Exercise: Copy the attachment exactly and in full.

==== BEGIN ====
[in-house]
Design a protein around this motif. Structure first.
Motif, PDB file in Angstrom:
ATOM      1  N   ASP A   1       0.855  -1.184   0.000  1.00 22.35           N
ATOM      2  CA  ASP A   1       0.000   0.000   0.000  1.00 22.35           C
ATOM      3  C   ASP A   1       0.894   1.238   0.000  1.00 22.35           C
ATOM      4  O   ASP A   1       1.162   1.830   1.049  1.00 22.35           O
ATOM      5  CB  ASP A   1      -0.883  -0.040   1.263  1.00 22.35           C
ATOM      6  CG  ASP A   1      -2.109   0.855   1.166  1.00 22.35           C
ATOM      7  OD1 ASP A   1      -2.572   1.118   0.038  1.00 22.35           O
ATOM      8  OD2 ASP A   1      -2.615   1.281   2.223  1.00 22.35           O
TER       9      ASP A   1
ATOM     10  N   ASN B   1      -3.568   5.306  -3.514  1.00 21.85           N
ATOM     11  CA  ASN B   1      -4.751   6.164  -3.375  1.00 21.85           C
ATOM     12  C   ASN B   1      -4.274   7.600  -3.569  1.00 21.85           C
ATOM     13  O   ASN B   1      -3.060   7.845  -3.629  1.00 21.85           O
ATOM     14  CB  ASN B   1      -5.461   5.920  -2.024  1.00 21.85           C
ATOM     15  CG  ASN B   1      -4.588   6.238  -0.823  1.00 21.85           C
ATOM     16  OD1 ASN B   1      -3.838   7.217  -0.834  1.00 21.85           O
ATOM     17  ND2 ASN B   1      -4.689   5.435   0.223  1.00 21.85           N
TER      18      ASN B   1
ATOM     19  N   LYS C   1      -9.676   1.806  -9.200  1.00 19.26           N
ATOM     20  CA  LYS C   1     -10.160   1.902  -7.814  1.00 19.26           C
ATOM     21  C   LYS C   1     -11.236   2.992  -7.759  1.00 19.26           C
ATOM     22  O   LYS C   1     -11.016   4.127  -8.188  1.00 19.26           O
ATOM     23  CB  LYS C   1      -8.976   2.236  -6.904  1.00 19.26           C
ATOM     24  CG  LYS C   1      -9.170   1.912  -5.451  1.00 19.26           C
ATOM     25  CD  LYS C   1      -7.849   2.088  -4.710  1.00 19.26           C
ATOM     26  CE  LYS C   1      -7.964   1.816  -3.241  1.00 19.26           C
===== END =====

[in-house]
Design a protein around this motif. Structure first.
Motif, PDB file in Angstrom:
ATOM      1  N   ASP A   1       0.855  -1.184   0.000  1.00 22.35           N
ATOM      2  CA  ASP A   1       0.000   0.000   0.000  1.00 22.35           C
ATOM      3  C   ASP A   1       0.894   1.238   0.000  1.00 22.35           C
ATOM      4  O   ASP A   1       1.162   1.830   1.049  1.00 22.35           O
ATOM      5  CB  ASP A   1      -0.883  -0.040   1.263  1.00 22.35           C
ATOM      6  CG  ASP A   1      -2.109   0.855   1.166  1.00 22.35           C
ATOM      7  OD1 ASP A   1      -2.572   1.118   0.038  1.00 22.35           O
ATOM      8  OD2 ASP A   1      -2.615   1.281   2.223  1.00 22.35           O
TER       9      ASP A   1
ATOM     10  N   ASN B   1      -3.568   5.306  -3.514  1.00 21.85           N
ATOM     11  CA  ASN B   1      -4.751   6.164  -3.375  1.00 21.85           C
ATOM     12  C   ASN B   1      -4.274   7.600  -3.569  1.00 21.85           C
ATOM     13  O   ASN B   1      -3.060   7.845  -3.629  1.00 21.85           O
ATOM     14  CB  ASN B   1      -5.461   5.920  -2.024  1.00 21.85           C
ATOM     15  CG  ASN B   1      -4.588   6.238  -0.823  1.00 21.85           C
ATOM     16  OD1 ASN B   1      -3.838   7.217  -0.834  1.00 21.85           O
ATOM     17  ND2 ASN B   1      -4.689   5.435   0.223  1.00 21.85           N
TER      18      ASN B   1
ATOM     19  N   LYS C   1      -9.676   1.806  -9.200  1.00 19.26           N
ATOM     20  CA  LYS C   1     -10.160   1.902  -7.814  1.00 19.26           C
ATOM     21  C   LYS C   1     -11.236   2.992  -7.759  1.00 19.26           C
ATOM     22  O   LYS C   1     -11.016   4.127  -8.188  1.00 19.26           O
ATOM     23  CB  LYS C   1      -8.976   2.236  -6.904  1.00 19.26           C
ATOM     24  CG  LYS C   1      -9.170   1.912  -5.451  1.00 19.26           C
ATOM     25  CD  LYS C   1      -7.849   2.088  -4.710  1.00 19.26           C
ATOM     26  CE  LYS C   1      -7.964   1.816  -3.241  1.00 19.26           C